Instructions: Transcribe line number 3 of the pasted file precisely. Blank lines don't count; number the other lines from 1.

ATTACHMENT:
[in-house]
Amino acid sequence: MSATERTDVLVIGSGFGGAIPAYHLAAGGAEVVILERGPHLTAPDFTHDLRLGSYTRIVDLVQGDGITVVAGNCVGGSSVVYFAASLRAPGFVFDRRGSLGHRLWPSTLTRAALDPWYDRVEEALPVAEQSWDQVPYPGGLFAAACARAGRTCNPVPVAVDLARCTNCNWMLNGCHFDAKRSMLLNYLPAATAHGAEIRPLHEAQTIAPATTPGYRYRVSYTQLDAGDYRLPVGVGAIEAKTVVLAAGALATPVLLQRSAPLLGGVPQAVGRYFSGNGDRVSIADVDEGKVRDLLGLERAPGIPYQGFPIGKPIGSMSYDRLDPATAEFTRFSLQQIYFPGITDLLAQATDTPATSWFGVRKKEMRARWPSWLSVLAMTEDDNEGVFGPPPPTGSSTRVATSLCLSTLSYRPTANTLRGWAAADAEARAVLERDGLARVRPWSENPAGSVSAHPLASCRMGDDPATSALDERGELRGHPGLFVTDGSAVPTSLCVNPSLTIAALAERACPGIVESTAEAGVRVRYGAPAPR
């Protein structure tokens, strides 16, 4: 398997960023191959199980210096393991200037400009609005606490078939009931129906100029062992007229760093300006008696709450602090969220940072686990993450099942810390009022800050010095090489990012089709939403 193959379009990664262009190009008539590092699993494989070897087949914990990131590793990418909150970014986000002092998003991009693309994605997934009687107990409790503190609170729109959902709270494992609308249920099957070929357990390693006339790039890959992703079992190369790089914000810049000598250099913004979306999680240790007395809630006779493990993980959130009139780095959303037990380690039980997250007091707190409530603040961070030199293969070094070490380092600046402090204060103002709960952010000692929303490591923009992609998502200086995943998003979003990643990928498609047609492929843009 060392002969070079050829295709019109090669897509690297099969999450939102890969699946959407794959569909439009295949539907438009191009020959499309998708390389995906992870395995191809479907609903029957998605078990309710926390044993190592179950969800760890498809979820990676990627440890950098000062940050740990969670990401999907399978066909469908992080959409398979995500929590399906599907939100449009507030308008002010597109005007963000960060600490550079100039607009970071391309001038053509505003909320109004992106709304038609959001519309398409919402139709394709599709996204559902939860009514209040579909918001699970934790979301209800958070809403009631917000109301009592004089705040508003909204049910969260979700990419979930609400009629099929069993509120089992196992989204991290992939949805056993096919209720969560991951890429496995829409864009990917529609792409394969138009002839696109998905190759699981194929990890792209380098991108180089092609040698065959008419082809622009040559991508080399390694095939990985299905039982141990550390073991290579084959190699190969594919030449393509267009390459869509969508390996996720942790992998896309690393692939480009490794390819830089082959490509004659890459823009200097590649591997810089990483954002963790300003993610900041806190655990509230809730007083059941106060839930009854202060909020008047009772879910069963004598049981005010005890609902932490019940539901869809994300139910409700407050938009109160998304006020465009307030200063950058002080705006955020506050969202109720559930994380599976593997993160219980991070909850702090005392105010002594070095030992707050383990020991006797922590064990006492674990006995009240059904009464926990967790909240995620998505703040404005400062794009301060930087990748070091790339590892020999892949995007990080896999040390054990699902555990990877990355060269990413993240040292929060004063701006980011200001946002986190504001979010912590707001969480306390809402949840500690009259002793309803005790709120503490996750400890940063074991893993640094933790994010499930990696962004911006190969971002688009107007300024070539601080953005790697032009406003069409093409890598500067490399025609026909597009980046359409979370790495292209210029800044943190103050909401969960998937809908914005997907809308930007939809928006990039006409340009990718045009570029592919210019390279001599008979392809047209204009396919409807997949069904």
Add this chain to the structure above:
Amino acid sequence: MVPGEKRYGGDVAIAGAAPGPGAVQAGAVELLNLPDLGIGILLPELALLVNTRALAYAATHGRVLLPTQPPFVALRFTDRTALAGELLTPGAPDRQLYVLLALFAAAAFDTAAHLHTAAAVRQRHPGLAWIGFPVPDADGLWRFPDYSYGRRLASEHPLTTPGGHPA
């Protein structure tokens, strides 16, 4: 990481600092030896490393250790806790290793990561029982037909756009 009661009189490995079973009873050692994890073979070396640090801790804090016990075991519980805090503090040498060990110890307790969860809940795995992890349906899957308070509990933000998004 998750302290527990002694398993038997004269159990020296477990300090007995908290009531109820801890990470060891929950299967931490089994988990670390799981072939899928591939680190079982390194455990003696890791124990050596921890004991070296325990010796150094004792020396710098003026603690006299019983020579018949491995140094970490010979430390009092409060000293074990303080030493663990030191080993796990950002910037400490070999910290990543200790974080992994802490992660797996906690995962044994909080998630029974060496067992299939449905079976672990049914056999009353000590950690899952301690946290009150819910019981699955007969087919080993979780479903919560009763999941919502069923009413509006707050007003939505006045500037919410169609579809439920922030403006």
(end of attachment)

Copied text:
């Protein structure tokens, strides 16, 4: 398997960023191959199980210096393991200037400009609005606490078939009931129906100029062992007229760093300006008696709450602090969220940072686990993450099942810390009022800050010095090489990012089709939403 193959379009990664262009190009008539590092699993494989070897087949914990990131590793990418909150970014986000002092998003991009693309994605997934009687107990409790503190609170729109959902709270494992609308249920099957070929357990390693006339790039890959992703079992190369790089914000810049000598250099913004979306999680240790007395809630006779493990993980959130009139780095959303037990380690039980997250007091707190409530603040961070030199293969070094070490380092600046402090204060103002709960952010000692929303490591923009992609998502200086995943998003979003990643990928498609047609492929843009 060392002969070079050829295709019109090669897509690297099969999450939102890969699946959407794959569909439009295949539907438009191009020959499309998708390389995906992870395995191809479907609903029957998605078990309710926390044993190592179950969800760890498809979820990676990627440890950098000062940050740990969670990401999907399978066909469908992080959409398979995500929590399906599907939100449009507030308008002010597109005007963000960060600490550079100039607009970071391309001038053509505003909320109004992106709304038609959001519309398409919402139709394709599709996204559902939860009514209040579909918001699970934790979301209800958070809403009631917000109301009592004089705040508003909204049910969260979700990419979930609400009629099929069993509120089992196992989204991290992939949805056993096919209720969560991951890429496995829409864009990917529609792409394969138009002839696109998905190759699981194929990890792209380098991108180089092609040698065959008419082809622009040559991508080399390694095939990985299905039982141990550390073991290579084959190699190969594919030449393509267009390459869509969508390996996720942790992998896309690393692939480009490794390819830089082959490509004659890459823009200097590649591997810089990483954002963790300003993610900041806190655990509230809730007083059941106060839930009854202060909020008047009772879910069963004598049981005010005890609902932490019940539901869809994300139910409700407050938009109160998304006020465009307030200063950058002080705006955020506050969202109720559930994380599976593997993160219980991070909850702090005392105010002594070095030992707050383990020991006797922590064990006492674990006995009240059904009464926990967790909240995620998505703040404005400062794009301060930087990748070091790339590892020999892949995007990080896999040390054990699902555990990877990355060269990413993240040292929060004063701006980011200001946002986190504001979010912590707001969480306390809402949840500690009259002793309803005790709120503490996750400890940063074991893993640094933790994010499930990696962004911006190969971002688009107007300024070539601080953005790697032009406003069409093409890598500067490399025609026909597009980046359409979370790495292209210029800044943190103050909401969960998937809908914005997907809308930007939809928006990039006409340009990718045009570029592919210019390279001599008979392809047209204009396919409807997949069904």